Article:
But instead of pronouncing "bīngqílín" to my driver, I said "bīnqílín". "What?" He replied. I repeated, he still didn't understand. I pulled my Mandarin Berlitz pocket book out. "Ah, bīngqílín!"
"What?" was still his reply.
I handed my book to him. "This one." I pointed on the word "ice cream" which had both the Chinese character and pinyin.
"Bīngqílín!" my driver cried. Apparently my intonation had been awkward that he still couldn't get it even though I didn't say "bīn" anymore but "bīng".
He stopped in front of a mini market. No ice cream vendor. Oh, maybe he needs something, I thought. Patiently I sat back.
"Come along!" he signaled his hand towards me.
Oh, maybe he wants to show me something, I thought again.
He greeted the shopkeeper and then pointed on a fridge. That's factory-made ice cream.
"You don't want this?" my driver asked.
"Tǔlǔfān yǒumíng de bīngqílín. Yǒumíng de." I tried my best to make him understand that it's not the ordinary ice cream I was looking for.
"Ah, I know, I know!" my driver cried.
But on the way back from Turpan Basin, back in downtown, he said to me, "Can't find ice cream."
I felt curious. That blog I read said it was popular ice cream in Turpan. Popular also means easy to find, doesn't it? I moved my eyes left and right.
Suddenly, "Stop, stop! Ice cream! There!"
"Yes, yes. There, there!"
"Oh yes, ice cream."
I jumped off the car like a kindergartener.
"Děng yīxià!" Groggily I aimed my cellphone camera at the ice cream. After the incident yesterday in Tuyuq Village, taking pictures with people around made me nervous. However, poor ice cream vendor guy. He looked just as nervous!
My verdict: D-I-V-I-N-E
Later on in other cities of Xinjiang, I found similar ice cream vendors, but with different tastes. Turpan's the best. Don't miss it!
I bought one for my driver, but he refused it. So I had another one. It cost only 1 yuan.
In this area there were a lot of food vendors. I bought one of this. 3 yuan. I knew it was hard. But I thought it was like the French bread which is only heard on the outside. This wasn't. It's heard through and through!
"What thing did you buy!" my driver commented.
"Let's have lunch!" said my driver.
We went into a restaurant across the Karez Museum.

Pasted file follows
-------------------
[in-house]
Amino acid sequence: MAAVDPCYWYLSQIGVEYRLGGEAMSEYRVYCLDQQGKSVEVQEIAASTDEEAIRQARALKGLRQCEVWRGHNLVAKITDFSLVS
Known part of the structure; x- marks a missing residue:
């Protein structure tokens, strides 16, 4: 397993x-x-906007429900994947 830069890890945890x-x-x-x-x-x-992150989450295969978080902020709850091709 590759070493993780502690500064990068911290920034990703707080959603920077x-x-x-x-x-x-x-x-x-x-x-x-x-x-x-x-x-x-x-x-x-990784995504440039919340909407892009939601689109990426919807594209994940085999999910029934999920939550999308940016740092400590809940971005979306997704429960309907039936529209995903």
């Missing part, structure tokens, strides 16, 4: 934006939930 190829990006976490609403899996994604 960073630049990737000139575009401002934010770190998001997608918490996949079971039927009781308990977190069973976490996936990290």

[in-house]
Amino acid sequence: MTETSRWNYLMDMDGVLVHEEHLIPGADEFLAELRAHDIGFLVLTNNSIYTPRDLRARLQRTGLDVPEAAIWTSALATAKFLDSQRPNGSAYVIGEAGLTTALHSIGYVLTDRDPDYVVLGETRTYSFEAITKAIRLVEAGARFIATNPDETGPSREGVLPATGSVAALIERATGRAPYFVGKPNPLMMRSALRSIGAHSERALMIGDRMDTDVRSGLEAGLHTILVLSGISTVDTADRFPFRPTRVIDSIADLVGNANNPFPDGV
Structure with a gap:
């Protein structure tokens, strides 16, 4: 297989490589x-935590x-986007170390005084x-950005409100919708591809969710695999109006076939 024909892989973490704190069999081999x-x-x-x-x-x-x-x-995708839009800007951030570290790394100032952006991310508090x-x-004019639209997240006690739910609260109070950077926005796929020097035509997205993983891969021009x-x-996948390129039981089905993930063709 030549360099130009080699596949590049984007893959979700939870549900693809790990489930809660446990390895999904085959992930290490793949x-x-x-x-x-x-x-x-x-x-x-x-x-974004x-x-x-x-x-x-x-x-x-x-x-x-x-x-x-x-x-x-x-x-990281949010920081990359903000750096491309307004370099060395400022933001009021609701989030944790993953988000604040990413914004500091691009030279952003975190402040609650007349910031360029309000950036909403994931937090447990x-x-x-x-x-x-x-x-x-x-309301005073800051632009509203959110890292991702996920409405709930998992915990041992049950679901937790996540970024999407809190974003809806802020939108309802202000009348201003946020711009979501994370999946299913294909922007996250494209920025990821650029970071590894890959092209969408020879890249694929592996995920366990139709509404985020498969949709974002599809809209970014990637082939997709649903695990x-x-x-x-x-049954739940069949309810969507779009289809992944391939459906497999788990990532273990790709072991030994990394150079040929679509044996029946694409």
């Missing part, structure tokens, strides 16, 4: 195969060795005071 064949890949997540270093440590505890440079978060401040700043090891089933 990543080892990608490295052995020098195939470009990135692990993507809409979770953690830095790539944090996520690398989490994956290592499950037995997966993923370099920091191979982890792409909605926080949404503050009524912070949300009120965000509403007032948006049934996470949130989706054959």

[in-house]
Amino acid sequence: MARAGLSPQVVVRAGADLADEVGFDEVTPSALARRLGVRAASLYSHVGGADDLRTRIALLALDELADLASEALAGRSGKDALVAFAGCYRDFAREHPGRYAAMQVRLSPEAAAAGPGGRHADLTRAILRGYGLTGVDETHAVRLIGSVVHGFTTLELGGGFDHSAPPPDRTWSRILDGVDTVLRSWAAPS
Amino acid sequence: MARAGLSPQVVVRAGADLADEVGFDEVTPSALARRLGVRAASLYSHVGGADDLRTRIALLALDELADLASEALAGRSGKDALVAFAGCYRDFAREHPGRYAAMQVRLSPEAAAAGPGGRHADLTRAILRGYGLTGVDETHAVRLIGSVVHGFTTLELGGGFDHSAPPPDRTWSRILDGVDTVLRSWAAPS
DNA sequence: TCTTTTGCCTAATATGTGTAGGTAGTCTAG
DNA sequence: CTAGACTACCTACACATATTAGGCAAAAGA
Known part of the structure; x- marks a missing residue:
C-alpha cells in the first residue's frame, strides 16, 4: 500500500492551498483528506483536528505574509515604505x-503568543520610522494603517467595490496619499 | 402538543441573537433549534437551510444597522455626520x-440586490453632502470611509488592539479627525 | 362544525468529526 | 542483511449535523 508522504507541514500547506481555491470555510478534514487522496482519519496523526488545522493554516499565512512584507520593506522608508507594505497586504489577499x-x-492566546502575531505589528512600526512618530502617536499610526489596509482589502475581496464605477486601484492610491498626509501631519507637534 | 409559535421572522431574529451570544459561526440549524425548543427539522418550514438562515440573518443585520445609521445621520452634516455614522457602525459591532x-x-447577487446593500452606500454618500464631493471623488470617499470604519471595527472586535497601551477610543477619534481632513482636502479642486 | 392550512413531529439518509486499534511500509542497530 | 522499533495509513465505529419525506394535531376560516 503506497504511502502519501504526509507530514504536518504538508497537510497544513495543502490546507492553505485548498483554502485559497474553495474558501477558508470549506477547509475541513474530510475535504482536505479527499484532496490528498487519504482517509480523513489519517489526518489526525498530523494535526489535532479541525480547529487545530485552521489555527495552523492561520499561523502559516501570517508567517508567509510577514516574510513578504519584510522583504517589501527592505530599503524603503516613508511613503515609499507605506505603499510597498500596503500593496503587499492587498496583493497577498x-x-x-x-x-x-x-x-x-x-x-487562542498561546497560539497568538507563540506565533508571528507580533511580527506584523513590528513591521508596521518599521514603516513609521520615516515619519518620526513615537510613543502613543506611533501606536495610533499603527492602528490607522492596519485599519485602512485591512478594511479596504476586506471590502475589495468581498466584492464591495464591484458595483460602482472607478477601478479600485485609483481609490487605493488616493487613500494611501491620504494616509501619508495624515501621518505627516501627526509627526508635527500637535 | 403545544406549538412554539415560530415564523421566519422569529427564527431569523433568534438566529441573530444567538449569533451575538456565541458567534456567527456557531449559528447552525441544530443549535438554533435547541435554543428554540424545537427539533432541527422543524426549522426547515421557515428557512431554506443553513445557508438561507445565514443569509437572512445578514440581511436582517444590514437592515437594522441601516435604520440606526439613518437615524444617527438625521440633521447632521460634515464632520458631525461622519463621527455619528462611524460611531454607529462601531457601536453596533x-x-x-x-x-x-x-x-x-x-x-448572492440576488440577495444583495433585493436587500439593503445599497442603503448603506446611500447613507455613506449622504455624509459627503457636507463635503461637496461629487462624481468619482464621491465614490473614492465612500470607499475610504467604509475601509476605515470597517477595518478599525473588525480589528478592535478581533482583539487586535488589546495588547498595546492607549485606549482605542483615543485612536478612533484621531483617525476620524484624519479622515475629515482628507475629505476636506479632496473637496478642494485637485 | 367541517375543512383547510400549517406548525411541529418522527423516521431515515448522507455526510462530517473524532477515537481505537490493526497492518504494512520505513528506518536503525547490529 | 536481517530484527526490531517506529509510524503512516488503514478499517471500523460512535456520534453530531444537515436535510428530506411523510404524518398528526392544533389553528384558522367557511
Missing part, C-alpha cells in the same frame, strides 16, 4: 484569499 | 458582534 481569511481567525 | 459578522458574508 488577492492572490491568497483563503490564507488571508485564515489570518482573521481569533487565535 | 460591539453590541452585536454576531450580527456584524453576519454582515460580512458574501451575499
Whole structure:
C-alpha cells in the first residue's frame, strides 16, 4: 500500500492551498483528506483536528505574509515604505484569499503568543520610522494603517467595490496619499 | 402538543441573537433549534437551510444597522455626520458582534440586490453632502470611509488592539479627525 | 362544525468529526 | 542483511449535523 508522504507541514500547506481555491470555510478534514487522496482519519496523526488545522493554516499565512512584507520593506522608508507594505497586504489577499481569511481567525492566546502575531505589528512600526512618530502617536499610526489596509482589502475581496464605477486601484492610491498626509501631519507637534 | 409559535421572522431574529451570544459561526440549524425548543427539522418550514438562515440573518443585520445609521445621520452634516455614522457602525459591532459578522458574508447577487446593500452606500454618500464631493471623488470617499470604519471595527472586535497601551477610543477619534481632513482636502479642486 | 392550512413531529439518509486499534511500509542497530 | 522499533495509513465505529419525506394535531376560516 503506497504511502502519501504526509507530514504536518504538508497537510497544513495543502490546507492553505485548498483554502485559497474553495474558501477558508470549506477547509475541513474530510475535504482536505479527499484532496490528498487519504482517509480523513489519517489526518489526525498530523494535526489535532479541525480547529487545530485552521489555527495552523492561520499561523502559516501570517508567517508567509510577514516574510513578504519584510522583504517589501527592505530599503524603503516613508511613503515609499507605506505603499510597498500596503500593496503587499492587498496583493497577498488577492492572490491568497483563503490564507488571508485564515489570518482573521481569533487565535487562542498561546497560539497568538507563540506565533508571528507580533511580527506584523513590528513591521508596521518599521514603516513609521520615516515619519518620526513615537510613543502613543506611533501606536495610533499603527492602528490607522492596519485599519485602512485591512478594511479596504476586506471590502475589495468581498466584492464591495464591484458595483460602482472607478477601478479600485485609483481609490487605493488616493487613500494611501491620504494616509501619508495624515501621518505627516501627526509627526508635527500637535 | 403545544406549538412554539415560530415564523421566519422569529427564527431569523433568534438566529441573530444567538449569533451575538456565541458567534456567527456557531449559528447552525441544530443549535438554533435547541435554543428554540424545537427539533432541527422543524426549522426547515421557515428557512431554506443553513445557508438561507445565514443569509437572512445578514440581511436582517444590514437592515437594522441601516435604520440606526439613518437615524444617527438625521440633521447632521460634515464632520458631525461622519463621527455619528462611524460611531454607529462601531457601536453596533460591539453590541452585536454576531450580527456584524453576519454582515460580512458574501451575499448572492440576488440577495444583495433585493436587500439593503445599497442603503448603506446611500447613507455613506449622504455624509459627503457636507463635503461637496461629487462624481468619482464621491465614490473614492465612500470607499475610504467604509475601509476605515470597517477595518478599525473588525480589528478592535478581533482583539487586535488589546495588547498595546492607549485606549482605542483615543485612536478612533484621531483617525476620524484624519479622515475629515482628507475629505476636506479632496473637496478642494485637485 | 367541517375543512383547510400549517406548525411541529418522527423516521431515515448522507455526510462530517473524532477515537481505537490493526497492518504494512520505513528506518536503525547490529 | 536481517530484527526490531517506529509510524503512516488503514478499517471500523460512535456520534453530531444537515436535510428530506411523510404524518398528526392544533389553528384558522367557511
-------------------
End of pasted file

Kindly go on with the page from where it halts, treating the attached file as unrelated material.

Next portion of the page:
My verdict: Y-U-M-M-Y
Actually this noodle was served in separate bowls. Do you see that empty bowl on the left? That was where the meat was put. Before I could say "děng yīxià" to my driver, he already poured the whole bowl on my noodle. "Here, you eat it like this," he said.
Do you see that bowl between noodle and Nescafe? That's tea. Now I'm not looking for a glass to drink.
About that Nescafe, I found it at a beverage vendor next door. It was a delight, because it was extremely rare. Coffee, I miss you everyday.
"Is this beef?" I asked my driver.
"Of course it is beef! They are Moslems!" He pointed at the men working by the half-opened-air kitchen. When a woman came to our table to serve us, he said to her while pointing at me, "She asked if this was beef. I told her you are Moslems."
"I know. But Moslems eat mutton also, don't they?"
"Oh yes, they eat mutton. No, this is not mutton. It's beef."
The meat thing tasted like my home country's semur.
Sheepishly I attempted to take pictures by zooming my G12.
"It's alright. Walk there and take pictures!" encouraged my driver.
"Can I take pictures of him?"
A Hui Chinese?
When I attempted to point my camera at her, she always turned her head away. But when I asked my driver to ask her whether she would like to take a picture with me, she seemed very pleased. Blurry? Don't blame that on Canon. That's my driver's trembling hands.
The grape meat dregs were floating up and down inside the glass. This really must be pure juice. But the taste was sweet like syrup. That's what I've read also about Xinjiang's grape.
Final verdict: S-U-R-V-I-V-E-D